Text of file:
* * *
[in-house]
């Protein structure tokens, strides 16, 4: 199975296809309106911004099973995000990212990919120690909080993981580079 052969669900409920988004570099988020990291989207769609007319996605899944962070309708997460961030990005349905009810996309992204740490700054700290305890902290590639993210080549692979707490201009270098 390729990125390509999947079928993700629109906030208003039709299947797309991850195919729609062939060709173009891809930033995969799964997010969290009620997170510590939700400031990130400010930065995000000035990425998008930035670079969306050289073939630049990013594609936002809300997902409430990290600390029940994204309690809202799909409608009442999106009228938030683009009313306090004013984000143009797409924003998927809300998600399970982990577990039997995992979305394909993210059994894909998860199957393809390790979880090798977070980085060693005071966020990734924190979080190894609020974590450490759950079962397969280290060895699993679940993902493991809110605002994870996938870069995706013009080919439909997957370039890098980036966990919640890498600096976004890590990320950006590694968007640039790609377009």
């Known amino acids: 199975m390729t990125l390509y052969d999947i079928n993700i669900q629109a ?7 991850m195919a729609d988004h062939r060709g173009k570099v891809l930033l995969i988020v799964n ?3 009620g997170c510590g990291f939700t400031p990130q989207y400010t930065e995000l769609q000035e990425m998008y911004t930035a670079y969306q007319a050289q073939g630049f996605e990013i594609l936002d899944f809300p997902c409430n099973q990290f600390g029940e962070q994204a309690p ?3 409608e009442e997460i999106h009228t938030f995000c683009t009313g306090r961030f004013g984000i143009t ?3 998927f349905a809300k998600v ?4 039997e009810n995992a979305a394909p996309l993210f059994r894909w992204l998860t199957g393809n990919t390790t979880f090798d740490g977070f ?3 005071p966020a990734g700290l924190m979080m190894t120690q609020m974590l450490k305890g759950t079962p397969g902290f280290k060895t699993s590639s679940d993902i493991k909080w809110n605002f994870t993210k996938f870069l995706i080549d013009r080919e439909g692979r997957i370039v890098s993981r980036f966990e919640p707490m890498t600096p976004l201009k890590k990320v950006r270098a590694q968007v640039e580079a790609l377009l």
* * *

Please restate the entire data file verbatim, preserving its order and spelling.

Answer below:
[in-house]
């Protein structure tokens, strides 16, 4: 199975296809309106911004099973995000990212990919120690909080993981580079 052969669900409920988004570099988020990291989207769609007319996605899944962070309708997460961030990005349905009810996309992204740490700054700290305890902290590639993210080549692979707490201009270098 390729990125390509999947079928993700629109906030208003039709299947797309991850195919729609062939060709173009891809930033995969799964997010969290009620997170510590939700400031990130400010930065995000000035990425998008930035670079969306050289073939630049990013594609936002809300997902409430990290600390029940994204309690809202799909409608009442999106009228938030683009009313306090004013984000143009797409924003998927809300998600399970982990577990039997995992979305394909993210059994894909998860199957393809390790979880090798977070980085060693005071966020990734924190979080190894609020974590450490759950079962397969280290060895699993679940993902493991809110605002994870996938870069995706013009080919439909997957370039890098980036966990919640890498600096976004890590990320950006590694968007640039790609377009």
């Known amino acids: 199975m390729t990125l390509y052969d999947i079928n993700i669900q629109a ?7 991850m195919a729609d988004h062939r060709g173009k570099v891809l930033l995969i988020v799964n ?3 009620g997170c510590g990291f939700t400031p990130q989207y400010t930065e995000l769609q000035e990425m998008y911004t930035a670079y969306q007319a050289q073939g630049f996605e990013i594609l936002d899944f809300p997902c409430n099973q990290f600390g029940e962070q994204a309690p ?3 409608e009442e997460i999106h009228t938030f995000c683009t009313g306090r961030f004013g984000i143009t ?3 998927f349905a809300k998600v ?4 039997e009810n995992a979305a394909p996309l993210f059994r894909w992204l998860t199957g393809n990919t390790t979880f090798d740490g977070f ?3 005071p966020a990734g700290l924190m979080m190894t120690q609020m974590l450490k305890g759950t079962p397969g902290f280290k060895t699993s590639s679940d993902i493991k909080w809110n605002f994870t993210k996938f870069l995706i080549d013009r080919e439909g692979r997957i370039v890098s993981r980036f966990e919640p707490m890498t600096p976004l201009k890590k990320v950006r270098a590694q968007v640039e580079a790609l377009l």